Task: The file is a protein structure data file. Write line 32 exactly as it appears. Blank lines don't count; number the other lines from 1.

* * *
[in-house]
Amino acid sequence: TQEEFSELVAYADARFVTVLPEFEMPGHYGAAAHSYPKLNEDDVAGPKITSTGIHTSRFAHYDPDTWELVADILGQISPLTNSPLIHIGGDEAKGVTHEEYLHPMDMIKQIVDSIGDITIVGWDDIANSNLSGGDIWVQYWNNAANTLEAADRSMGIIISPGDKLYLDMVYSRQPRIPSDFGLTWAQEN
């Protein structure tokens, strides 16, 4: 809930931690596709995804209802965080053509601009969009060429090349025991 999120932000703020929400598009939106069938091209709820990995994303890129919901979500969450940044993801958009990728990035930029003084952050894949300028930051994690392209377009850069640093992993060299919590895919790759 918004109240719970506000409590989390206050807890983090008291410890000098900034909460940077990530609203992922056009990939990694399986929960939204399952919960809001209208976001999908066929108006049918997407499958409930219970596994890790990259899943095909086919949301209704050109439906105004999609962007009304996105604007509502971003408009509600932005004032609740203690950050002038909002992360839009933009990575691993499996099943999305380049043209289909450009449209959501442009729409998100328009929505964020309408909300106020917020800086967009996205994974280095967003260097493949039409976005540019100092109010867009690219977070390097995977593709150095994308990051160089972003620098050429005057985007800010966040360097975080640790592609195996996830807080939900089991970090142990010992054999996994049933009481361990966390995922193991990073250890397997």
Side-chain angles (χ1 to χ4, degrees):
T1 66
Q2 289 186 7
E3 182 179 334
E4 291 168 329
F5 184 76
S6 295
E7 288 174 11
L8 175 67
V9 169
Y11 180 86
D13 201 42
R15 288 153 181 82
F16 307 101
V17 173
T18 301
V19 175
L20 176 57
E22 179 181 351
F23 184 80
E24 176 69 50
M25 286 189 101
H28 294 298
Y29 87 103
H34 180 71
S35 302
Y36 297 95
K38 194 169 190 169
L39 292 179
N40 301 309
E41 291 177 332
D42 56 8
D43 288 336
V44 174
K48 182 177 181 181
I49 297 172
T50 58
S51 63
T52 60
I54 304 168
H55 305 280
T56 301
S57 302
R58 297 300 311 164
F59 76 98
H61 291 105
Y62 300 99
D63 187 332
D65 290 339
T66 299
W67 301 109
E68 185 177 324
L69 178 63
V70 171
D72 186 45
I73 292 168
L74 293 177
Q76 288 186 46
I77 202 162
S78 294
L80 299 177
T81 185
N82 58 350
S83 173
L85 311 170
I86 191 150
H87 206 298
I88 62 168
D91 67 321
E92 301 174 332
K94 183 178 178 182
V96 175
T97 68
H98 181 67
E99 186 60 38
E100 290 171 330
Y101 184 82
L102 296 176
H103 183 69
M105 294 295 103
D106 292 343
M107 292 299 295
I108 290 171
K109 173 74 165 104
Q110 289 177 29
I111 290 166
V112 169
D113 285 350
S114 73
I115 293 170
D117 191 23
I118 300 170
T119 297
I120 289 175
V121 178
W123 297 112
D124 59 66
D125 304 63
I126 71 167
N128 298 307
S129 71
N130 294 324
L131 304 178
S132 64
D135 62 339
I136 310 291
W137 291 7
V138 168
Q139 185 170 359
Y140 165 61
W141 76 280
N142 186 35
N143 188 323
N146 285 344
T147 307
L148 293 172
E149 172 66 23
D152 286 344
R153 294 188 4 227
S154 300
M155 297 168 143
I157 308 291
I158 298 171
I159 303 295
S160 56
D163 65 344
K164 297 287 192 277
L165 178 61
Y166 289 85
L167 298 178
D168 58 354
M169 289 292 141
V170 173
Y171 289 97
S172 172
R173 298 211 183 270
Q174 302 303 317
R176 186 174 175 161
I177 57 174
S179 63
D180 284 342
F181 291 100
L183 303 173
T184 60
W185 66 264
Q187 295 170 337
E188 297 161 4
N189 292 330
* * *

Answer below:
L39 292 179